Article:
For its ten-year anniversary, SitStayRead collaborated with the Department of School Psychology at Loyola University to evaluate the success of its programs. They found that students who participated developed fluency at a rate 47.8 percent greater than their non-participating peers. And not surprisingly, 100 percent of participating students raved about the program.
“Chicago as a whole benefits when more of our students are fully educated and grow up to earn a family-supporting wage. Bringing dogs in to classrooms is our key to doing that, but it also does much more,” Lloyd says. “In Chicago’s at-risk neighborhoods, dogs are rarely pets, and are often used as tools of violence or intimidation. By teaching our students about dog safety, how to interact with dogs, and the wonderful benefits of caring for and loving an animal, we also hope we are creating a kinder, more understanding, and peaceful city—with lots of residents who enjoy reading with their dogs.”
What the Volunteers are Saying
SitStayRead’s amazing programs wouldn’t be possible without the help of their passionate volunteers. Here’s what some of them had to say about their experience with the organization.
“My favorite part about volunteering with SitStayRead is giving the kids positive experiences with dogs. Some of the kids have had negative encounters and are frightened of them, so it is really rewarding to not only see the kids look forward to our weekly visits, but also see their reading skills improve from week to week.” – Adrienne Sheely volunteer since 2014
“I love how excited the kids are about our coming to the classroom. They so look forward to our visits. I also love to read the stories the kids write about our day’s book theme. They are much more imaginative and clever than I knew kids could be at such a young age.” – Susan Swaringen volunteer since 2013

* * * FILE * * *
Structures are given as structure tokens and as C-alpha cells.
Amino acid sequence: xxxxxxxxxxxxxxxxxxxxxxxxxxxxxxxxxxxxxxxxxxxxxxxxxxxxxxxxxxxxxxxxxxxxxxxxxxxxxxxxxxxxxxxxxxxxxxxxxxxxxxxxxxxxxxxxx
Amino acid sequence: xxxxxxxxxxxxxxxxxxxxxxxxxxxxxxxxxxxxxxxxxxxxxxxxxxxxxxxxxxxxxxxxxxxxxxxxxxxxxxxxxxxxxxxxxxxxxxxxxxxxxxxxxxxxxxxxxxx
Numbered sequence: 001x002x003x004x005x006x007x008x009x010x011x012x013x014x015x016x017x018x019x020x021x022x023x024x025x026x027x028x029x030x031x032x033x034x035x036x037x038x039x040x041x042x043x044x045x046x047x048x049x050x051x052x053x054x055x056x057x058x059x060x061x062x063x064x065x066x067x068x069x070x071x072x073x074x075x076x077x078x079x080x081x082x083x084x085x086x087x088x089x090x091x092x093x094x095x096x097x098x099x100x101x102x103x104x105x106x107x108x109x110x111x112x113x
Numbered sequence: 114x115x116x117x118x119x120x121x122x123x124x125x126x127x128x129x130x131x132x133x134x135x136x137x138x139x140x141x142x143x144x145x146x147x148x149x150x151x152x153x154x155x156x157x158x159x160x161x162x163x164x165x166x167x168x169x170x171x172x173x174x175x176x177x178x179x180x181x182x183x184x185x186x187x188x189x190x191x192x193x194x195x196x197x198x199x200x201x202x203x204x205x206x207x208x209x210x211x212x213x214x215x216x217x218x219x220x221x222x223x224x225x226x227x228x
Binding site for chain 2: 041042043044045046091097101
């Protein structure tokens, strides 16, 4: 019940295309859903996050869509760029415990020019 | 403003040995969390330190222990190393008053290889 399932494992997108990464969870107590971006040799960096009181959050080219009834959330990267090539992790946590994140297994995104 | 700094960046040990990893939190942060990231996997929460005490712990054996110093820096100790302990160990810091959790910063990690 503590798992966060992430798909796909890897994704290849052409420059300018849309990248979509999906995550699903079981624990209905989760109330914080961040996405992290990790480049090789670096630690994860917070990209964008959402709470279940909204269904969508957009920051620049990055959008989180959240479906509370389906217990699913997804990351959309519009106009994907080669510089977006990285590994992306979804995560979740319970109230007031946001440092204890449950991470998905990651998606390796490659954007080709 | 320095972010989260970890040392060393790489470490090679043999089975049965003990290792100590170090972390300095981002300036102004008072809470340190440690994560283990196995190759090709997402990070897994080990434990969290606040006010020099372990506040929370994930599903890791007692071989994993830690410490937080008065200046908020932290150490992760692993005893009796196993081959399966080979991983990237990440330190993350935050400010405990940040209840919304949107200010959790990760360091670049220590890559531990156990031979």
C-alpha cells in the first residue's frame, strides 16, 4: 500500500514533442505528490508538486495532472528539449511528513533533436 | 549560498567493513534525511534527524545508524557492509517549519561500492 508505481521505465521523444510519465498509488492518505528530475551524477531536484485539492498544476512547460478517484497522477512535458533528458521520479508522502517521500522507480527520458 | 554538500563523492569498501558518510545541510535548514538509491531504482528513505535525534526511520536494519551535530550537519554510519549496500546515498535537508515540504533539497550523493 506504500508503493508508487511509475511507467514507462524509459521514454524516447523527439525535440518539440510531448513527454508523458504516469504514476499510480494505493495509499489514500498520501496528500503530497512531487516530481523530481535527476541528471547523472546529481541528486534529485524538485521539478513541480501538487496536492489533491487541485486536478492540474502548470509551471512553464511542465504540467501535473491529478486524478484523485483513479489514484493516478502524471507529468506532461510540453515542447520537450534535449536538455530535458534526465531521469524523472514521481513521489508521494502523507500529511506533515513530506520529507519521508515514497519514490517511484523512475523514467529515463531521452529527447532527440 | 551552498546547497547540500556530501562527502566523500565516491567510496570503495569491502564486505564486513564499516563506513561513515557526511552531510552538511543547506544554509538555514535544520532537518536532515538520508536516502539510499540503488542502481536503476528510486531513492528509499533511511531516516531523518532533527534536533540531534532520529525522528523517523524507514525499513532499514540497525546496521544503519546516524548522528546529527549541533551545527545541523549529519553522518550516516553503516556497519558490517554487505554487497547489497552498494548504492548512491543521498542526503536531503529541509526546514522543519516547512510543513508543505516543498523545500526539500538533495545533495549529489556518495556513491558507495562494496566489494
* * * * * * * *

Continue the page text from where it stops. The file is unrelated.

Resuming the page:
“One little girl was very shy—she hesitated to speak and was uncomfortable around my dog Macy. The other kids said she only spoke Spanish and couldn’t understand me. One week I taught my dog to say “hi” in Spanish by giving me her paw to shake when I said “hola.” The little girl was thrilled, and from then on was eager to be in our reading group and excited to be with Macy.” – Susan Swaringen
“One child was very nervous the first day and did not want my dog Bandit near him. The second time I came he told me to come over with Bandit and that he was no longer scared. Bandit licked him and all was good—he laughed and had a huge smile on his face!” – Eileen Casey volunteer since 2010
On Dog Volunteers:
“[My dog] Stella really looks forward to the time she spends in the classroom and the attention she gets from the kids. When I get out her harness and SitStayRead bandana (which we call her “work uniform”) she spins in circles with excitement. Stella loves being a teacher!” – Adrienne Sheely
Images courtesy of SitStayRead